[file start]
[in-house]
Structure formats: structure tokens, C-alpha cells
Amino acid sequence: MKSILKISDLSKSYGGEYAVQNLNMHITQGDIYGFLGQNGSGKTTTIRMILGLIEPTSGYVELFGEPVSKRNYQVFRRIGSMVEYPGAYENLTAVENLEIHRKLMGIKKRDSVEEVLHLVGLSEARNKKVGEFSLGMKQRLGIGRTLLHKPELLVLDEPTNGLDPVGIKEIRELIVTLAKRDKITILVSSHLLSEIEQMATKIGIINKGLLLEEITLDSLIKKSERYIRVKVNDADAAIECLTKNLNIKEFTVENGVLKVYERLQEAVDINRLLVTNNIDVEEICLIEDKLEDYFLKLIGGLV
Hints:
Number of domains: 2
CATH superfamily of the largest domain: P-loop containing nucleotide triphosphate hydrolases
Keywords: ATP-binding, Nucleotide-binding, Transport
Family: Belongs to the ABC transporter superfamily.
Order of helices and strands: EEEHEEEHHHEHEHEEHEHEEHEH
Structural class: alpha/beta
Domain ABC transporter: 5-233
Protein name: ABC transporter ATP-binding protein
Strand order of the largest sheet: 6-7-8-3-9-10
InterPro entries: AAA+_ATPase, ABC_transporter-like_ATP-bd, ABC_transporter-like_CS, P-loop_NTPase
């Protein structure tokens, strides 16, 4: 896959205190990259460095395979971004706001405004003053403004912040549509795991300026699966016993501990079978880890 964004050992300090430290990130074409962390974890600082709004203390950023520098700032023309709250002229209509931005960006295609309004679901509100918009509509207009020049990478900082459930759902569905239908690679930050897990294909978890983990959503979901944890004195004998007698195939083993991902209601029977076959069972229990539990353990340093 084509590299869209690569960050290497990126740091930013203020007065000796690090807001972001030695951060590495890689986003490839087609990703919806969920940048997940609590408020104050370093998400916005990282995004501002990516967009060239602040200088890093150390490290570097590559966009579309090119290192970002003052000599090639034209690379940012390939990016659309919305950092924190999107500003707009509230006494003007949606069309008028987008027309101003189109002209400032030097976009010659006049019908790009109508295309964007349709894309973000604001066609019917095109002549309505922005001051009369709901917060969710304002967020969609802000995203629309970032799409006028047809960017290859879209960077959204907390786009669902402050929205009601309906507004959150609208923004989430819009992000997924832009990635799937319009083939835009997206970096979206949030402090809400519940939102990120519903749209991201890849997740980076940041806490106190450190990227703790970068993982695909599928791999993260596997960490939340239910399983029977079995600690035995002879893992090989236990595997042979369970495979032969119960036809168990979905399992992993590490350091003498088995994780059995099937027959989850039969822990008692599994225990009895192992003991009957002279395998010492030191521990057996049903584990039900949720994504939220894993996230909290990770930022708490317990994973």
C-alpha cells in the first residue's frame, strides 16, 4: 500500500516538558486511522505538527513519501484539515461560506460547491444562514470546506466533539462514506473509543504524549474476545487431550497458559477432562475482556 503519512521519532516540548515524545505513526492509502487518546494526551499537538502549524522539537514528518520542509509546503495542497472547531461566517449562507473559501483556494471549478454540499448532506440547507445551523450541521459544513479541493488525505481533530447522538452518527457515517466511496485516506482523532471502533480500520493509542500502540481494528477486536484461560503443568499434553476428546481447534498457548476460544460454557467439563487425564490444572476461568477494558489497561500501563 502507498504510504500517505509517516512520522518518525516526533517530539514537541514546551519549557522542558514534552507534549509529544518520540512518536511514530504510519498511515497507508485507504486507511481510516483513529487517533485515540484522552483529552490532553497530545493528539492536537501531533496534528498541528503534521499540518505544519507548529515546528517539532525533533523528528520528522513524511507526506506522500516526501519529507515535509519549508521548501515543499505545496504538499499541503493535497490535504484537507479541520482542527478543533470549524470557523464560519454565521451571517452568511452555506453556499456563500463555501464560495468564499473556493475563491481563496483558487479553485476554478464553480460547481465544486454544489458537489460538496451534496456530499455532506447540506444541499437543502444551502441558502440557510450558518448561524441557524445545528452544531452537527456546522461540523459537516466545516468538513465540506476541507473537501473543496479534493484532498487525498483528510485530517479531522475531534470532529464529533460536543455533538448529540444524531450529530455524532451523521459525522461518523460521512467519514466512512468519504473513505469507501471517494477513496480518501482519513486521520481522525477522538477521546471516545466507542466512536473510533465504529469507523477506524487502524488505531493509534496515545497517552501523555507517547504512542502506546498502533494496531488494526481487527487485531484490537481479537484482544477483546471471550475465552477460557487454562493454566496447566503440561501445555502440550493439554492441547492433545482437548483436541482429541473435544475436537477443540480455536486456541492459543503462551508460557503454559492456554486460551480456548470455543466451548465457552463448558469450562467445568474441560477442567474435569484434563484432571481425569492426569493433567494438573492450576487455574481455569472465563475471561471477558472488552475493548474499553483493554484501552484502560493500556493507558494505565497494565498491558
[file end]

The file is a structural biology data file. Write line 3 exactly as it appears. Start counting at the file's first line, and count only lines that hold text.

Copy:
Amino acid sequence: MKSILKISDLSKSYGGEYAVQNLNMHITQGDIYGFLGQNGSGKTTTIRMILGLIEPTSGYVELFGEPVSKRNYQVFRRIGSMVEYPGAYENLTAVENLEIHRKLMGIKKRDSVEEVLHLVGLSEARNKKVGEFSLGMKQRLGIGRTLLHKPELLVLDEPTNGLDPVGIKEIRELIVTLAKRDKITILVSSHLLSEIEQMATKIGIINKGLLLEEITLDSLIKKSERYIRVKVNDADAAIECLTKNLNIKEFTVENGVLKVYERLQEAVDINRLLVTNNIDVEEICLIEDKLEDYFLKLIGGLV